My thoughts?

So, how do I do this? I know people’s feelings about Clara were mixed and it definitely was time for her to go. I won’t argue with that, but I loved her and her ending was just lacking something for me. Her growing recklessness had to end in something bad at some point, I am well aware of that, but her death was just stupid and useless. In a way, her end was a lot more finite and a whole lot darker than the one of Amy, Rose or Donna. They all got to live their lives happily ever after, they just weren’t with the Doctor anymore. Here it’s sort of the other way around.

All in all, I did somehow enjoy the episode. There were quite a lot of really good one-liners, but Capaldi‘s Doctor scares me sometimes. He’s just not acting like the Doctor anymore. Remember back in the day when you called upon him to fix things, these days barely anyone survives the episodes, except for Clara … that is until now of course. He really went mental on Ashildr and I get it, but saying “The Doctor is no longer here, you are stuck with me.” made me kind of sad. That was probably also why Clara’s last speech was the way it was, saying that he shouldn’t be a warrior and not take a revenge after she’s gone. The goodbye scene was really what got to me. Clara made it all about him, about wanting to help him get through this but not being able to. As much as I’ve struggled with their dynamic sometimes, they worked so great together this season.

I also really enjoyed Rigsy in this episode. I didn’t expect him to have a family of his own by now. He was sort of this innocent bystander who got mixed up in the Doctor’s business without really knowing why, but in the end his memorial for Clara was truly beautiful. I hope he won’t feel guilty though, I don’t think anyone could have stopped her really.

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After the episode I ended up watching the saddest Doctor Who scenes on YouTube and continued to sob until I finally fell asleep. It showed to me that a lot of other departures were sadder than this one. Maybe it’s because her story isn’t actually all that over? She is supposed to appear again in the finale and I am hopeful that it will give me more closure. I know that many of you won’t miss Clara at all, but I will. I think she was an important companion, even if there were highs and lows with her. However, I am also looking forward to whoever will become companion next. Can everybody please just stop saying it’s Maisie Williams? Because that makes no sense whatsoever, especially not after Face the Raven. I am still no sure how I feel about her character on the show, but I just hope the new companion someone entirely new!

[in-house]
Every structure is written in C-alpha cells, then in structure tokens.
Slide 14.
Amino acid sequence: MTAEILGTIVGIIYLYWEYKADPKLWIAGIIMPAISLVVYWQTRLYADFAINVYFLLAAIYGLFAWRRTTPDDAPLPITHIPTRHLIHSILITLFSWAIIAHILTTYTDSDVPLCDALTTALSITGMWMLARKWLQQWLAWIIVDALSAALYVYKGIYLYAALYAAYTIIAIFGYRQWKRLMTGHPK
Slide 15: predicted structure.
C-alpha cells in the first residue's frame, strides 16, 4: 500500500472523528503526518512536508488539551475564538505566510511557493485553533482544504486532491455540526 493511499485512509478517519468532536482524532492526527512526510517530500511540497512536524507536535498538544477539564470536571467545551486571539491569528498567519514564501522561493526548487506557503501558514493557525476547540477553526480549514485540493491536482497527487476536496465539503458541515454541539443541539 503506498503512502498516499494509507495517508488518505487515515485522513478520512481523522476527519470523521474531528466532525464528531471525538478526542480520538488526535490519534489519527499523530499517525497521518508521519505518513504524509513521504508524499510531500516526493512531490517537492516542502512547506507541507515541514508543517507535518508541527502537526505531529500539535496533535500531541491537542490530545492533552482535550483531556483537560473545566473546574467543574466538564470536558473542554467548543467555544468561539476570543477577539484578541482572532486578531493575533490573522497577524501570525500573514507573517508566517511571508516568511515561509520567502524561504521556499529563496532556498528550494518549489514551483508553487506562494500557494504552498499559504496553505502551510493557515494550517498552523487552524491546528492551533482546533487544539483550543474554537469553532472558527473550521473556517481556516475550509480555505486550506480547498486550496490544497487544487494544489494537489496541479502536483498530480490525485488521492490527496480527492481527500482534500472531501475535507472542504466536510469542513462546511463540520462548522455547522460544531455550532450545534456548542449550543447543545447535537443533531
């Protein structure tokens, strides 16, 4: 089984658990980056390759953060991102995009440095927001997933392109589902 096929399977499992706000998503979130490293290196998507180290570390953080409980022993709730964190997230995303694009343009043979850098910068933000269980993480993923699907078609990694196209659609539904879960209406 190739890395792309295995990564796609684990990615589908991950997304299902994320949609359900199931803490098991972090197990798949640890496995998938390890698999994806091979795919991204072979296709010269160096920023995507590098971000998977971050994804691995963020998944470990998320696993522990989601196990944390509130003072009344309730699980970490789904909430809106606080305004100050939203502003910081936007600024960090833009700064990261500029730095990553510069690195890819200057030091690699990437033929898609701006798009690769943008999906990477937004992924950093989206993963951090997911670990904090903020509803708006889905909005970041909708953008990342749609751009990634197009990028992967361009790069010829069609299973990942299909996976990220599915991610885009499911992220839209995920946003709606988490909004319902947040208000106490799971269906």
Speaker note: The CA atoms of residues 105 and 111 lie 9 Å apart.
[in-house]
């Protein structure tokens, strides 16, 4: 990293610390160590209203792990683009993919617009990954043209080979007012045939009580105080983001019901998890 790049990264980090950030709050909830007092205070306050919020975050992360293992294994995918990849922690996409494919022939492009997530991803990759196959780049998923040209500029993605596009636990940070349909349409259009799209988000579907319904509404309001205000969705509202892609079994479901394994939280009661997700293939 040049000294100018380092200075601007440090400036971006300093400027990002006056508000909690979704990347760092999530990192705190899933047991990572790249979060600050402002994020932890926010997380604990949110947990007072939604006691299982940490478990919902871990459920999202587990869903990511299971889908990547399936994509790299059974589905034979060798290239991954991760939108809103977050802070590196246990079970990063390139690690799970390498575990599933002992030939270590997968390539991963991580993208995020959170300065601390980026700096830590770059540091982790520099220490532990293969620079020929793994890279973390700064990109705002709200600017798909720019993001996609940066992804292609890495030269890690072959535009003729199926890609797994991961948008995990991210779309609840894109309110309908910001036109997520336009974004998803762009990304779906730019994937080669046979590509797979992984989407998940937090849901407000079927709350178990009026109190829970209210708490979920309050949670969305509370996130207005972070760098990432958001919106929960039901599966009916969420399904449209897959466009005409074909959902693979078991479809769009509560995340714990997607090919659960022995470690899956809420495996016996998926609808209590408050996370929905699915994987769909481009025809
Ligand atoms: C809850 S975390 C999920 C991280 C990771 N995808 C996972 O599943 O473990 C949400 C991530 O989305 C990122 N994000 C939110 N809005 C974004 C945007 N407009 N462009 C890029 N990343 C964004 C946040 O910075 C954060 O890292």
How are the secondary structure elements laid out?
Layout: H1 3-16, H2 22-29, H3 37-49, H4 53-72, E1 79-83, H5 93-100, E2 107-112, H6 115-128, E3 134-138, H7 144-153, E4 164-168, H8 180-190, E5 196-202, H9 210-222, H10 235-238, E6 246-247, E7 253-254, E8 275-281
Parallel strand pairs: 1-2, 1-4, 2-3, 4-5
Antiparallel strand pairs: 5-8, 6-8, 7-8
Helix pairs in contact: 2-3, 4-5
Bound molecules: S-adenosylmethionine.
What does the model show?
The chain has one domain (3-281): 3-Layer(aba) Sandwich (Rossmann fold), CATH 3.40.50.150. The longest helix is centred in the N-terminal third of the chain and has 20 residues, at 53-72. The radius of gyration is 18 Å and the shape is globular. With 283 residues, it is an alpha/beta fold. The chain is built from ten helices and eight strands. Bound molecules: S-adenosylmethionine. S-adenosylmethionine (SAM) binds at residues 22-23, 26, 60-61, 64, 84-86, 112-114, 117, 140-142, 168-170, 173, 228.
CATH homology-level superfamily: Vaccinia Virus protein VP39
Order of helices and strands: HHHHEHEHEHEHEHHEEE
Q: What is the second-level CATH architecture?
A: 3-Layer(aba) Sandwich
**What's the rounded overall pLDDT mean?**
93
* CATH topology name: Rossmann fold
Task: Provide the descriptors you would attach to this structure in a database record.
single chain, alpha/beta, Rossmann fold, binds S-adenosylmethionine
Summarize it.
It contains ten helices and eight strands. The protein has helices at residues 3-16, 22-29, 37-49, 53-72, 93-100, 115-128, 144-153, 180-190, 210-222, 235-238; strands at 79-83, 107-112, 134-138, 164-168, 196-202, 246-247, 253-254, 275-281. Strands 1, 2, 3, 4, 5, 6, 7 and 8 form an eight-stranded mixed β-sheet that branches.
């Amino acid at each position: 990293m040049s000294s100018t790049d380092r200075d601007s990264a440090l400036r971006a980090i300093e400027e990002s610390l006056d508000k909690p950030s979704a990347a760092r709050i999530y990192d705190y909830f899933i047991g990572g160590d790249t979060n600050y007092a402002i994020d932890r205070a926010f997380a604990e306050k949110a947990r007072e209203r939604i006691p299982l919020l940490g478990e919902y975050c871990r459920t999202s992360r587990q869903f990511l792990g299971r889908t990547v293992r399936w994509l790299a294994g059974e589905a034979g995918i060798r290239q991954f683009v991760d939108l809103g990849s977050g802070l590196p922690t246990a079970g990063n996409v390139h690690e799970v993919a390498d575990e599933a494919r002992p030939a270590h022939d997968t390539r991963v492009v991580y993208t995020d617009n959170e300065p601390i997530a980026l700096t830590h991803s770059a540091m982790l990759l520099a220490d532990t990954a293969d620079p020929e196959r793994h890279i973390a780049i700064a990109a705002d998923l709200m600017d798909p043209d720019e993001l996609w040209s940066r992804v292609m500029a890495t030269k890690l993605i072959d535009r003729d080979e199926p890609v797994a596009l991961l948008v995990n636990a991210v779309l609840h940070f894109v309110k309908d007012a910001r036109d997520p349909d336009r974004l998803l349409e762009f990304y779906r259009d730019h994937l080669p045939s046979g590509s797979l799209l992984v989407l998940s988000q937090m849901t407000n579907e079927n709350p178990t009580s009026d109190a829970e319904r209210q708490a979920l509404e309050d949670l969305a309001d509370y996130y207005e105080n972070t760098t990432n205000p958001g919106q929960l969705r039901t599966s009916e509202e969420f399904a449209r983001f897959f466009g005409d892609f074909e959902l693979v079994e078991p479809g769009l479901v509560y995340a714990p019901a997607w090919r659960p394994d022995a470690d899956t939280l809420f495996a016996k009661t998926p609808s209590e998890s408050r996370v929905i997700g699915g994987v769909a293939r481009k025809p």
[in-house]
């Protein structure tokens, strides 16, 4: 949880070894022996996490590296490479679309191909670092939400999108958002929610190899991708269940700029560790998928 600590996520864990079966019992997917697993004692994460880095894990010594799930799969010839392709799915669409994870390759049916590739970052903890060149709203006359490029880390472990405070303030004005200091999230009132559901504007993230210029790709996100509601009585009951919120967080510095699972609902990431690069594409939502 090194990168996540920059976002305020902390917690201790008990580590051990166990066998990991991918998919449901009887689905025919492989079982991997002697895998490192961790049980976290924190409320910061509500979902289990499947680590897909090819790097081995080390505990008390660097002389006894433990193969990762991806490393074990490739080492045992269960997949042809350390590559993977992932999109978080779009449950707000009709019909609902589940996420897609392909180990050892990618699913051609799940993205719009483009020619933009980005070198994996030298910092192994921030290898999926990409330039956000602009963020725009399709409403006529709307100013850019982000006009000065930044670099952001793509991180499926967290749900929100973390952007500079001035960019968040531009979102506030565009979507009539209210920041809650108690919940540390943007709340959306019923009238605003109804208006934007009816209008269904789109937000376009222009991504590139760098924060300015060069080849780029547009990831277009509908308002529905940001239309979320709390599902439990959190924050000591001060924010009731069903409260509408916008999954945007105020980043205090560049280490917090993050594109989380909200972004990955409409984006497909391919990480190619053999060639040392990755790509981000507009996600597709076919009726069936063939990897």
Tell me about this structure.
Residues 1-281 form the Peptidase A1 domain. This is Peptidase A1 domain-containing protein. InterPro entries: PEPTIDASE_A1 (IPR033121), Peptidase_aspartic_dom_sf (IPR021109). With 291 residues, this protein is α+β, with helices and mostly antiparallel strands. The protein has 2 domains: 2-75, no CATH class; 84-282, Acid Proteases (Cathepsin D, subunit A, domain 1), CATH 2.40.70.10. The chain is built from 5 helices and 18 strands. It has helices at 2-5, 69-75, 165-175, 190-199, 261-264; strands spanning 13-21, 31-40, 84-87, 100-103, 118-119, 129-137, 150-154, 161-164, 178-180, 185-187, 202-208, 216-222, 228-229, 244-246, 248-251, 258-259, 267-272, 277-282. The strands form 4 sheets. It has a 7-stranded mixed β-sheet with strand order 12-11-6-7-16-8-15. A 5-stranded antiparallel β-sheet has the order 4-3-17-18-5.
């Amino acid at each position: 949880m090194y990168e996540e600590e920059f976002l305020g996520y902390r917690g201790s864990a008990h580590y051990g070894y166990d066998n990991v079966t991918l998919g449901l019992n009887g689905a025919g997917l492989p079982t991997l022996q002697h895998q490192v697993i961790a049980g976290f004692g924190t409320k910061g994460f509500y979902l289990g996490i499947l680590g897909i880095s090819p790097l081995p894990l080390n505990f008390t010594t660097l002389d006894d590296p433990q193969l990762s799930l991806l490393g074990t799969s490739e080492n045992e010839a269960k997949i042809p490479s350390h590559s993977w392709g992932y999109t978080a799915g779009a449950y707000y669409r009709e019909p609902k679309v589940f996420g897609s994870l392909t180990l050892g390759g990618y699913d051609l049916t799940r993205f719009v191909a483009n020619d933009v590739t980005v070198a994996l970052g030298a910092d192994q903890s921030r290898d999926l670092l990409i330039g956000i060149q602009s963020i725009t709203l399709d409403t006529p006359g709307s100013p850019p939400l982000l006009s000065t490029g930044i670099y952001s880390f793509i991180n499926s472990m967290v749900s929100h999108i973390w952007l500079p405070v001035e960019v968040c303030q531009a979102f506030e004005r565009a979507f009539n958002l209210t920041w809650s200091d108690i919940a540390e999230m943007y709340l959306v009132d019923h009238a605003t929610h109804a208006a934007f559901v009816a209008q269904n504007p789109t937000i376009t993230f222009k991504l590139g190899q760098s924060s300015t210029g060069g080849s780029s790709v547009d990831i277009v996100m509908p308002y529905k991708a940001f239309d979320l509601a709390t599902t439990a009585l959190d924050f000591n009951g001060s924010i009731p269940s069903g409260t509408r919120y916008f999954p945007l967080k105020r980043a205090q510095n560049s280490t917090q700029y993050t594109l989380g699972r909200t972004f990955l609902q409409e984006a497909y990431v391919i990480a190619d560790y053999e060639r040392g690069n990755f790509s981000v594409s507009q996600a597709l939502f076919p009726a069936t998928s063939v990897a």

What’s your take on the episode? Did you like how Clara excited the show? Are you glad she is gone?

Doctor Who: The Zygon Inversion

Although the title may seem very similar to last week’s episode, it is indeed a new one. The Zygon Inversion is the conclusion to the Zygon Invasion, so let’s do this! Spoilers ahead!!

inversion

What was it about?

The Doctor could escape Zygilla’s (=faux Clara) attempt of assassination and the real Clara is seemingly also still alive, but trapped in her own mind while being in the Zygon Pot. Through some clever (mind) tricks involving the Osgood box, or rather boxes, ceasefire between humanity and the Zygons could ultimately be restored again.

My thoughts?

I was really worried that the Zygon Inversion wouldn’t hold up to it’s predecessor episode, but all the fretting was for naught. Twelve and Osgood escaping the airplane crash actually made sense, Clara fighting her “evil” counterpart was extremely well done and Capaldi finally got to make a speech that will keep you thinking for a while.

That was actually my favourite part of the episode – Twelve trying to get through to Kate and Zygilla/Bonnie. I’m not sure if my brain fails me or if Capaldi really hasn’t had the chance of performing a great monologue, but I feel like his previous dialogue was a lot more clunky. This one was very Matt Smith-esque though and even reminded me in parts of his speech in The Rings of Akathen. I also liked it when Twelve mentioned that it was the 15th time that he wiped Kate’s memory because of the boxes. There’s just no way around it, there are always consequences to a war and the Doctor pointing out that it can only end with the parties sitting down to talk and that being something they should have done from the beginning melted my heart, because there is so much truth it that. Another lesson of how important communication is.